“It is as true now as it was then that no matter what tests show, very little of what is taught in school is learned, very little of what is learned is remembered, and very little of what is remembered is used. The things we learn, remember, and use are the things we seek out or meet in the daily, serious, nonschool parts of our lives.” – John Holt
However we are still in the area of theoretical approach but what we hear in conversation still begs the “how” of it all in the moment. How do they learn math? How do they learn to read? How do I get them to do work I can produce for presentation in that final facilitation meeting? From here we jumped to those that have successfully unschooled their children or were unschooled themselves. What is defined as “success” is another conversation but for now let’s say they reach adulthood and get paid work allowing them to be independent and self sufficient.
Many have their own go-to resources but ours was Sandra Dodd and I will forever refer back to her book and website. I had a chance to speak to Sandra when I bought her book because I posed a question on the purchase page and included my number. She called me! We had a fantastic conversation about pretty much everything homeschooling and our personal histories. My favourite is her story of being David Bowie’s very first fan (or maybe it was American fan) but it made it into the newspaper. She provided me with some great resources including Joyce Fetteroll and Pam Laricchia. Sandra’s site is a bit of a rabbit warren which is unschooling personified if you ask me.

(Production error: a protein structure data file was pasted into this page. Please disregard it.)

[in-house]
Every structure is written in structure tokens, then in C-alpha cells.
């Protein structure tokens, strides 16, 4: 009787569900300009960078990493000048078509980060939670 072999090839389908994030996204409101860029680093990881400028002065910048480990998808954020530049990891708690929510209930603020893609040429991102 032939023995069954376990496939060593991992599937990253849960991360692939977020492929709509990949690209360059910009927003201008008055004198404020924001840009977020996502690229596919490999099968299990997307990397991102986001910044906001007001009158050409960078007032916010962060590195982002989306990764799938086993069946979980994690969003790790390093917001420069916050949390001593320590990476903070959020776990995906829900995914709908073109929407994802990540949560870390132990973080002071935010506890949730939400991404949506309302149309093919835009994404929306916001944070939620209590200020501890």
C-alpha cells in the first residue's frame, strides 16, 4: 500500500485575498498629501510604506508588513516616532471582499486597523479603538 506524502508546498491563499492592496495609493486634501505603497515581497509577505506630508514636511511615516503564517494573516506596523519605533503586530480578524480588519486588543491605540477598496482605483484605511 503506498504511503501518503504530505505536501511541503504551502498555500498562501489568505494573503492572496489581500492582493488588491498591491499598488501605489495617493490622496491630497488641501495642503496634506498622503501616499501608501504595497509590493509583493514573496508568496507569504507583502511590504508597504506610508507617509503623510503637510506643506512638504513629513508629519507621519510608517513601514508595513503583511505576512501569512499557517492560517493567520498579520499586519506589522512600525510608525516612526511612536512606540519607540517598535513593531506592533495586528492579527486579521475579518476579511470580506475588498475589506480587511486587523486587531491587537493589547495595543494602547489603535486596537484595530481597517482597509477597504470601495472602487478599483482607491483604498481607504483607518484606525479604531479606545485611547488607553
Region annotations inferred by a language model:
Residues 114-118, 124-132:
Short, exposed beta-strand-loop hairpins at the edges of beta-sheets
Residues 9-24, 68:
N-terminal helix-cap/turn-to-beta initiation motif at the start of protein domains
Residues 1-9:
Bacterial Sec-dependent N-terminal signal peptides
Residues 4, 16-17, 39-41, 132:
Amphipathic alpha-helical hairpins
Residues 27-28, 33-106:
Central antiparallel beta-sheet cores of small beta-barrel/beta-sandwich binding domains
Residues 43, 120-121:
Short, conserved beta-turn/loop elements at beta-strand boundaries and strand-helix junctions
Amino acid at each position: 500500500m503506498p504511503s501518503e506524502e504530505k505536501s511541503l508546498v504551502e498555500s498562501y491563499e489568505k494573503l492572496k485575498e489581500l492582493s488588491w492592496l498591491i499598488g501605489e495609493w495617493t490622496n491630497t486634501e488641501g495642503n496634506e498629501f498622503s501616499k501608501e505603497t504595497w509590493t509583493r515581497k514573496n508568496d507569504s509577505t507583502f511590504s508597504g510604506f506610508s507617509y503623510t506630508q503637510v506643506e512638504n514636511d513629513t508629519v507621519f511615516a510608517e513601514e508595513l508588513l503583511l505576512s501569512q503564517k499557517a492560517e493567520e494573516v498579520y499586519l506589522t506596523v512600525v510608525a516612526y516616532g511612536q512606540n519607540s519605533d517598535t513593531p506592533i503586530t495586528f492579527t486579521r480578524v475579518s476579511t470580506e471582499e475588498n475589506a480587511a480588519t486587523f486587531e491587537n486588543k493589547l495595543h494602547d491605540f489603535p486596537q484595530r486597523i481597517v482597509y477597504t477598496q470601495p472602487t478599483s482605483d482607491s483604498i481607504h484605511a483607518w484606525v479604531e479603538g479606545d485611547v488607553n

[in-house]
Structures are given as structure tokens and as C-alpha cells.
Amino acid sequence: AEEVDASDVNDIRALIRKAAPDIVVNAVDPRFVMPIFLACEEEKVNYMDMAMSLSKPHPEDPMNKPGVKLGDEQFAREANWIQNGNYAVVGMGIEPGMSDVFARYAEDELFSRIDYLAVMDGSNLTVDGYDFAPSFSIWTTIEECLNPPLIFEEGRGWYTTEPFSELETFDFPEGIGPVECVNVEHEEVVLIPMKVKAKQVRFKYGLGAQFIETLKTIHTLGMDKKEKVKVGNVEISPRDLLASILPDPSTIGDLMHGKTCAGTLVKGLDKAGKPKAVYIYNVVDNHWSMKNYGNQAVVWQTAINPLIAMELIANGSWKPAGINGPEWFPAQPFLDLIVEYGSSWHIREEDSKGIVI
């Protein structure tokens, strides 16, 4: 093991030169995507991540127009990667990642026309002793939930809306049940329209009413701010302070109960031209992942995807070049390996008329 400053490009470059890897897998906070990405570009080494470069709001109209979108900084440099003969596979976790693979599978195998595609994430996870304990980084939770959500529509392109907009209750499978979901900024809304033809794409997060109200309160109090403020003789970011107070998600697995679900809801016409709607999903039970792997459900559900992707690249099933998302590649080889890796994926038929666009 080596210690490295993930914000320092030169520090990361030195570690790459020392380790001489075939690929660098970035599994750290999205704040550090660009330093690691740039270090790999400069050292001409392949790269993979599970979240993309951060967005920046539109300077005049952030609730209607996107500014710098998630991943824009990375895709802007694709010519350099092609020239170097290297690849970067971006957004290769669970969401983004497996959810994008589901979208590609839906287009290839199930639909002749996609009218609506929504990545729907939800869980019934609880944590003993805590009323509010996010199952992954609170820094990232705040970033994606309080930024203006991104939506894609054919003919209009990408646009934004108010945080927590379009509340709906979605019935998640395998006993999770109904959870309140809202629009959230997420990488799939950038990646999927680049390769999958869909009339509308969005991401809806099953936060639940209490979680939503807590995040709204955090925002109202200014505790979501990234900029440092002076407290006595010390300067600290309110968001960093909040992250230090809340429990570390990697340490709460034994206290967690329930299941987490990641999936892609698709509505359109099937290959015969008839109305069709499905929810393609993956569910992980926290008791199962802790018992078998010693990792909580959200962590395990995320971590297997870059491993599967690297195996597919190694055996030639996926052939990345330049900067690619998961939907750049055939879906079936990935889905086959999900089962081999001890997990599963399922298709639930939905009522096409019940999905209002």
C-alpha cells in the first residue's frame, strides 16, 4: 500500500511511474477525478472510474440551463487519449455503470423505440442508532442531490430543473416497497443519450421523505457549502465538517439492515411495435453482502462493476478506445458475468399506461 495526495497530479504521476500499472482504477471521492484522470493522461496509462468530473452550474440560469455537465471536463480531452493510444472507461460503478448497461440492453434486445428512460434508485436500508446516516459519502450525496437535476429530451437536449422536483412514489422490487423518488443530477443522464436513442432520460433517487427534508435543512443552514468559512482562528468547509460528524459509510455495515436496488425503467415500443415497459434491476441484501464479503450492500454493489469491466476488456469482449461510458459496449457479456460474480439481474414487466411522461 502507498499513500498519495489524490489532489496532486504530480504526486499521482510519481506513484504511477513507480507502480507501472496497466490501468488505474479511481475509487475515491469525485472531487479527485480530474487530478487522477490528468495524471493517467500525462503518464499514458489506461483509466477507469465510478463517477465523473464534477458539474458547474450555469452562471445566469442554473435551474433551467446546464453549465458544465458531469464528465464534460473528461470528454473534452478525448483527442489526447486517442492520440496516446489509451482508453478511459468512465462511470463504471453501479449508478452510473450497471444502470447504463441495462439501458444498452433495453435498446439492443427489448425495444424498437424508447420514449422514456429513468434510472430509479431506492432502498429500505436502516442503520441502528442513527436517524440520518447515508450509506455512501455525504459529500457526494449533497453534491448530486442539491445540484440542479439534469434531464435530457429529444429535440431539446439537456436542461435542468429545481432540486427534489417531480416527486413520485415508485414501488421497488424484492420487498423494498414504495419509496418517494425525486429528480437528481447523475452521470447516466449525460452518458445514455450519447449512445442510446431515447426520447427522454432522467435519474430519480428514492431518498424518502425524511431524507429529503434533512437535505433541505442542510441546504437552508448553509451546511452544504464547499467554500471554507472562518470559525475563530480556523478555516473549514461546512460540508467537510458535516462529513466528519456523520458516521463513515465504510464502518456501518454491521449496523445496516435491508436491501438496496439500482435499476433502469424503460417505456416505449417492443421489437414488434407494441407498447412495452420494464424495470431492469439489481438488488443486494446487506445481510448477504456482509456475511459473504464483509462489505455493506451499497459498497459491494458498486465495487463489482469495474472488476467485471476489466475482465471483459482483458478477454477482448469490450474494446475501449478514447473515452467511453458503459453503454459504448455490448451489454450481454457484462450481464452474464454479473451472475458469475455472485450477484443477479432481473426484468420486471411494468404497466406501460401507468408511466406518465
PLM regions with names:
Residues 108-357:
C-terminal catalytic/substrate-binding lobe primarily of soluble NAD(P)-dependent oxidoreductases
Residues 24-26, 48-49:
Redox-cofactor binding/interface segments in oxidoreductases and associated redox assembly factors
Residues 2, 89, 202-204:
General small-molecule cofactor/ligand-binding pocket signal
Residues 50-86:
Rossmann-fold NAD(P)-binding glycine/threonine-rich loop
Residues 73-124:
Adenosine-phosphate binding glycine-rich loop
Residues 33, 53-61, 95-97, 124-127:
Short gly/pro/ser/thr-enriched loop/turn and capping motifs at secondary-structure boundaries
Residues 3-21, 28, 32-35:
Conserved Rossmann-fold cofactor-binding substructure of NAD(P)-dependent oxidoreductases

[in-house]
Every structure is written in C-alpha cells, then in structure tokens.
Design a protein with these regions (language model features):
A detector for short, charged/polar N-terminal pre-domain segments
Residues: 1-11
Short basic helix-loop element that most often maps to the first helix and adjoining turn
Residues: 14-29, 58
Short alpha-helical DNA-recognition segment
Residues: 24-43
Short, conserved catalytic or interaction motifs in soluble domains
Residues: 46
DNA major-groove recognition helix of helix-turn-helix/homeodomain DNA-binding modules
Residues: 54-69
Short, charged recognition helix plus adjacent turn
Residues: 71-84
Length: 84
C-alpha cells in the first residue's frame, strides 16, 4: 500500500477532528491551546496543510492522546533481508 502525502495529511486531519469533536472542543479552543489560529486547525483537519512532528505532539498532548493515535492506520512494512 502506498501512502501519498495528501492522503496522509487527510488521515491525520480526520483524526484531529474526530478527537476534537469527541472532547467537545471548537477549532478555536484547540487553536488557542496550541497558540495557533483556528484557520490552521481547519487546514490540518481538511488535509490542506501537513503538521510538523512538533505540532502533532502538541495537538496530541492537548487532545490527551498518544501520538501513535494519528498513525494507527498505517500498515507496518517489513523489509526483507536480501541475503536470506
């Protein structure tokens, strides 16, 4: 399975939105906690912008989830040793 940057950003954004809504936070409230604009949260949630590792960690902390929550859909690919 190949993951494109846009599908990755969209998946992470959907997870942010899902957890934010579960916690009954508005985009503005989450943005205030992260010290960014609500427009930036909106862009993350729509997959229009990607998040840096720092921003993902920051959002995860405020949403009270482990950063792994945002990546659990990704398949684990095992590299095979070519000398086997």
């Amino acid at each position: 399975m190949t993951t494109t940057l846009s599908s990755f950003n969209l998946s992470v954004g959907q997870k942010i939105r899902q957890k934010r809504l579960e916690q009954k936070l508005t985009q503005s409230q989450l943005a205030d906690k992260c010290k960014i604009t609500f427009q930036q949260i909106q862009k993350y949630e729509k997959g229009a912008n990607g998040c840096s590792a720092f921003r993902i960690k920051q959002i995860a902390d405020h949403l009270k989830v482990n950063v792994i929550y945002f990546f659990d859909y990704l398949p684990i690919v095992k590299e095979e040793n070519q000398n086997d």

“Read a little, try a little, wait a while, watch.” – Sandra Dodd
There is a laundry list of others along the way including Rue Kream, Dayna Martin, Ben Hewitt, Grace Llewellyn and Pat Hunt. Each experience and interaction supported the idea and I found many good people in our local community that followed and shared our views. What unschooling offers every homeschooling parent is a moment to stop and think – does this truly fit my child? Whether it’s choosing a math curriculum or the developmental timing around reading and writing skills, the unschooling approach is about taking a moment and really getting to know your child. Simply for the joy of it.
One of my favourite accounts by an unschooled adult is documentary filmmaker Astra Taylor’s lecture at the Walker Art Center called “On the Unschooled Life“. She talks about the loss of the pedagogical visionaries of the late 1960s and 70s similar to the education her mother receives at a free school in Carcross, Yukon.
“The ‘world’ was our classroom, that’s what we would always say. In theory nothing was off limits.”
Taylor explains their journey created amazing experiences of self-advocacy and discovery including her physically disabled sister Sunny Taylor who became a world renowned artist with work showing at the Smithsonian. She attributes a large portion of their success to their unschooled life because they had the freedom to pursue their passions daily.
Take a look at the resource list, as well as the embedded links above. There might be something in there of value. And do join me for Pat Farenga’s talk! It should be a great evening and a fantastic opportunity to look at things through a new lens. If you have resources to add please comment below. Local resources would be super!!
Resources off the top of my head: